“We served in the town of Volzhskiy from 1995 to 1996. Often, when a sister invited me to go with her to a Bible study, several other sisters would ask if they could go along. At first I wondered why, but then they explained that they wished to see and learn how to conduct Bible studies. I told them that if the Bible student had no objections and would not feel shy in their presence, it would be all right for them to come. Usually, six to ten sisters would come, being of the opinion that it would not disturb the Bible student, and it really didn’t. After some months, I saw many Bible students who, in turn, began their own Bible studies with interested ones. At that time, Volzhskiy had two congregations. Ten years later, 11 congregations had been formed.”


Her Prayer Was Answered
It was clear that theocratic instruction greatly benefited not only the brothers and sisters who were new in the truth but also those who had served Jehovah for many years under ban. Hannu Tanninen recalls: “In different situations we often felt the guidance of the angels and witnessed events that deeply impressed us. In 1994 we arrived at a new congregation in Novgorod, now also called Veliky Novgorod, and the brothers took us to the apartment where we would be staying for the week. In the apartment was a visitor named Maria, an elderly sister who had traveled about 30 miles [50 km] especially for the occasion. She had been in the truth for 50 years and wished to meet one of the first circuit overseers to serve after the ban. We asked her to tell us how she had learned the truth. She told us that when she was 17 years old, she ended up in a concentration camp in Germany and met Jehovah’s Witnesses there. She accepted the truth and was baptized in the camp by an anointed sister. Eventually Maria was released, and she returned to Russia to preach the good news of the Kingdom. After some time, she was arrested and imprisoned because of her preaching activities. She spent many years in Soviet labor camps.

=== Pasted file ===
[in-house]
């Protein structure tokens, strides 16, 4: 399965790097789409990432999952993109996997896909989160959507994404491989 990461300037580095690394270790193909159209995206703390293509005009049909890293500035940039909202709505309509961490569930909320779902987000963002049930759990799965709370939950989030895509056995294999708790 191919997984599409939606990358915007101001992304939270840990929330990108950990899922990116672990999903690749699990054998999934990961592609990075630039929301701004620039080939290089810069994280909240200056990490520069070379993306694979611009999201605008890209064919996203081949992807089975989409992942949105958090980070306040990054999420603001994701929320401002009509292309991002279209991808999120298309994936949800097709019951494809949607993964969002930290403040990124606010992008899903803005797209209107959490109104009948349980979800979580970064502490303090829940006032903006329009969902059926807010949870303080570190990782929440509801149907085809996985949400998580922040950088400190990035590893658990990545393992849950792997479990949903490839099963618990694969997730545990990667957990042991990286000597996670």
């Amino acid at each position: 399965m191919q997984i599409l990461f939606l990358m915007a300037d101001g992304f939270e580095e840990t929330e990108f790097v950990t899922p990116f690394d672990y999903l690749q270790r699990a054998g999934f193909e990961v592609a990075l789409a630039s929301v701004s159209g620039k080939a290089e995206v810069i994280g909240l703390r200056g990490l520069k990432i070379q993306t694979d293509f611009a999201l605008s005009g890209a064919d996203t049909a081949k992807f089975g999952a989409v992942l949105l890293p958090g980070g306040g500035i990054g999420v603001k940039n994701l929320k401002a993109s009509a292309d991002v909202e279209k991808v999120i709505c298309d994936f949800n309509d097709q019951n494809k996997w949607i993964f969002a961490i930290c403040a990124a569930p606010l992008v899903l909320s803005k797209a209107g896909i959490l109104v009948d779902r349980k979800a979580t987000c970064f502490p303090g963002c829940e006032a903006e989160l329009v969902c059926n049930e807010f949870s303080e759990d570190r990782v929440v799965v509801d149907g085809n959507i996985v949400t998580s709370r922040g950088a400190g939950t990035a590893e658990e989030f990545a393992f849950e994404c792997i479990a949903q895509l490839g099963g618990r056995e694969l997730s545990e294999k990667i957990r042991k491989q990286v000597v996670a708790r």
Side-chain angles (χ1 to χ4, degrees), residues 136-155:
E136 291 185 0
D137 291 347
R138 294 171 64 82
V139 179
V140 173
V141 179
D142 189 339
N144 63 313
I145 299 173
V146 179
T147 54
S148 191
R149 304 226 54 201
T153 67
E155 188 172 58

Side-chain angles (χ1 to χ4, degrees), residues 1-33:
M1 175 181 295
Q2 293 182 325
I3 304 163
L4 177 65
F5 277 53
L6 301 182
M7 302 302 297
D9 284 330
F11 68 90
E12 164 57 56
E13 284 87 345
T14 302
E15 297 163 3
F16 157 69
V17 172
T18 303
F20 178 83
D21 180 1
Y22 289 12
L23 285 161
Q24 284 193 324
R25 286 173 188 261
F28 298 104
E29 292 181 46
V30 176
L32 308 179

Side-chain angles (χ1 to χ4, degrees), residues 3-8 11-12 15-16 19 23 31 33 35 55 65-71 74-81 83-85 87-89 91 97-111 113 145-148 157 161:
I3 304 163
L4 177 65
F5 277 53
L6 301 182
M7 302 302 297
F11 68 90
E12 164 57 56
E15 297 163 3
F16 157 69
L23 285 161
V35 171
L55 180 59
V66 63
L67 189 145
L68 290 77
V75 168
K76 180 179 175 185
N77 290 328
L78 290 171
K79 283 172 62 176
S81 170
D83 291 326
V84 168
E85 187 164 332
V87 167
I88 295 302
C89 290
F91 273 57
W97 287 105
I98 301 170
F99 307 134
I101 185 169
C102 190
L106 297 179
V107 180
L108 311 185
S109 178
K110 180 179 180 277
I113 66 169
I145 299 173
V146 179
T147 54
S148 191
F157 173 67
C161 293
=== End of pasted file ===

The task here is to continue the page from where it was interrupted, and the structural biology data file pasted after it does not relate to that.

“At the end of her story, we were moved to hear this humble sister say that over the last few weeks, she had been praying to Jehovah to show her if there was something wrong with her worship to him. Later that evening, I mentioned to her that a long time before, the article “Questions From Readers” in The Watchtower discussed a certain matter. It stated that for a baptism to be valid, it was important that it was performed by a Christian brother. Maria was very thankful. She felt that she had received an answer to her prayers. So she was happy to be baptized in the bathtub. Fifty years had passed since she had made her dedication in 1944.”

*wow...that story is really an example of how 'one person plants, and another person waters' (1 Corinthians 3:6-8)